Women’s athletics at Bowdoin have a long history, one that begins with the intrepid athletes in the first classes of women at the College. Want to learn more about how it all started?
Women’s sports at Bowdoin began within a year of coeducation. In the 1972-73 academic year, the College fielded two varsity women’s teams, field hockey and swimming (women were members of the men’s swim team). By the 1978-79 academic year the College hosted ten women’s teams. Sally LaPointe, the first female coach and overseer of women’s athletics, played a large role in encouraging and in tracking the development of women’s sports. The President also invested in this process, including a special segment on women’s athletics in the June 1, 1972 Report of the President’s Commission on Athletics.
The progress did not come easy for all women athletes or all sports, however. In one example of the challenges, volunteer women’s basketball coach Richard (Dick) Mersereau had to request that his team play full-time in Morrell gymnasium, where the men played, rather than in Sargent, the older, more run-down facility, where women were placed. In the same year, the women’s indoor track team brought “attention [to] the fact that the Women’s Indoor Track Team is [sic] not adequately coached.”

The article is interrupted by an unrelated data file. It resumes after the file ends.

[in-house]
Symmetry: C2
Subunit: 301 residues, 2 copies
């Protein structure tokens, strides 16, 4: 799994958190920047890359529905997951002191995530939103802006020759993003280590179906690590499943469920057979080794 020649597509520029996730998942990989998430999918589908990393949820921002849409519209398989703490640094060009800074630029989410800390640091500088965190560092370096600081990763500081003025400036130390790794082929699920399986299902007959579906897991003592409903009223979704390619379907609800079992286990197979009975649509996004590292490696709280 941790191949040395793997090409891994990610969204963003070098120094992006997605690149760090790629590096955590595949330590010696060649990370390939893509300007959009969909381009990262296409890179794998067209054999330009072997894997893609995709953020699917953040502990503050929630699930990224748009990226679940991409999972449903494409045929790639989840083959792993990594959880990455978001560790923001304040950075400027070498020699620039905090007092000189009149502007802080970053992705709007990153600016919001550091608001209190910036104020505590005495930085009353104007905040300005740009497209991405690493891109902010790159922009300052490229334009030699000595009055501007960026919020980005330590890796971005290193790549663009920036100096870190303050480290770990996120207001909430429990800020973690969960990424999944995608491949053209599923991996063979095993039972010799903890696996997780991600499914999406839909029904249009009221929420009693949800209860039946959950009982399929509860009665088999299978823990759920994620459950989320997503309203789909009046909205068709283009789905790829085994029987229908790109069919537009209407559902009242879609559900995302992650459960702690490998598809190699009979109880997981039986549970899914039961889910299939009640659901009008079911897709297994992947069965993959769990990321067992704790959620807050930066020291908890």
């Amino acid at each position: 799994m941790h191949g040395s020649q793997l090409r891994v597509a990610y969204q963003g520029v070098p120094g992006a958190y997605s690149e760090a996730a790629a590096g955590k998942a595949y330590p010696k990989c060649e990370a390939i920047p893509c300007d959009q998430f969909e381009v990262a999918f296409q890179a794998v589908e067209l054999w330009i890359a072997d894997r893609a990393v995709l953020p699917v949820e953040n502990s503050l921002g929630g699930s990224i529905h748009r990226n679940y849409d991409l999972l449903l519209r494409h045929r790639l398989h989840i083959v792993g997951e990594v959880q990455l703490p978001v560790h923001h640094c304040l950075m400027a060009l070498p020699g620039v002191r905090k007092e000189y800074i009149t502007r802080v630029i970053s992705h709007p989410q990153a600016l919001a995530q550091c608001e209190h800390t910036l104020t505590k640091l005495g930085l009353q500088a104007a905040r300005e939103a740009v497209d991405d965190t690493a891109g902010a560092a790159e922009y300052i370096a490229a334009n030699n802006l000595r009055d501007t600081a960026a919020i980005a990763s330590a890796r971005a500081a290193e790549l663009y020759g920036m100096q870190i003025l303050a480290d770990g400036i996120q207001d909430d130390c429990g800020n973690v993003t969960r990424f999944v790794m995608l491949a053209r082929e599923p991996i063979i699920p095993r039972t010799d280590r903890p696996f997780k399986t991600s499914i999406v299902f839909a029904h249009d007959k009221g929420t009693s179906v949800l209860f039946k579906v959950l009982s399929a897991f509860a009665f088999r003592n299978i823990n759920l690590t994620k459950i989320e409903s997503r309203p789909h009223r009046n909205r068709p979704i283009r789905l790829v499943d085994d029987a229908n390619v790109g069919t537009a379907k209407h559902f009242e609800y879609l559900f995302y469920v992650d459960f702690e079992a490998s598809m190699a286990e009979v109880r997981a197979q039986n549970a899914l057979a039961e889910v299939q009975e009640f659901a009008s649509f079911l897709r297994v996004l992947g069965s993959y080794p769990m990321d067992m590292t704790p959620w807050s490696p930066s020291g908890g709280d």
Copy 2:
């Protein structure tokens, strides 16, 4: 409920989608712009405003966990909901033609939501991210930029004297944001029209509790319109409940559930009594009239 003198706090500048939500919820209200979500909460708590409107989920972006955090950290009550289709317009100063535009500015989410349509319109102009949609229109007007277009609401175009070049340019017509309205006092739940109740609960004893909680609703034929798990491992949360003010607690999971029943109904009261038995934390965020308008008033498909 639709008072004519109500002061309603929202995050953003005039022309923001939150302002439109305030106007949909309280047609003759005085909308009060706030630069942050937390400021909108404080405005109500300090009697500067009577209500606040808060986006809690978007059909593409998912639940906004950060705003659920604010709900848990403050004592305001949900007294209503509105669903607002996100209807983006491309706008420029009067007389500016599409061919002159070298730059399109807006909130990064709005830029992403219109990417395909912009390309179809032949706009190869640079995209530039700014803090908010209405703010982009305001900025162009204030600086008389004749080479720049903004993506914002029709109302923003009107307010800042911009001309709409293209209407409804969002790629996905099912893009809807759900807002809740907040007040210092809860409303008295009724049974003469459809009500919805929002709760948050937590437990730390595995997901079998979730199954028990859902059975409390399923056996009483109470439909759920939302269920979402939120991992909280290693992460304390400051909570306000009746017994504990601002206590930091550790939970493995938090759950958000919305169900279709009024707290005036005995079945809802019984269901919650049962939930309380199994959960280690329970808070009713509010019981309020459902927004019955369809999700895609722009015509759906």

Overall, embodying the identity of either a female athlete or a person connected to women’s athletics at Bowdoin in the 1970’s involved great opportunities and some significant challenges. To hear and see the documented history of a program that is one of the most successful in Division III athletics today, delve into our athletics documents, images, and interviews.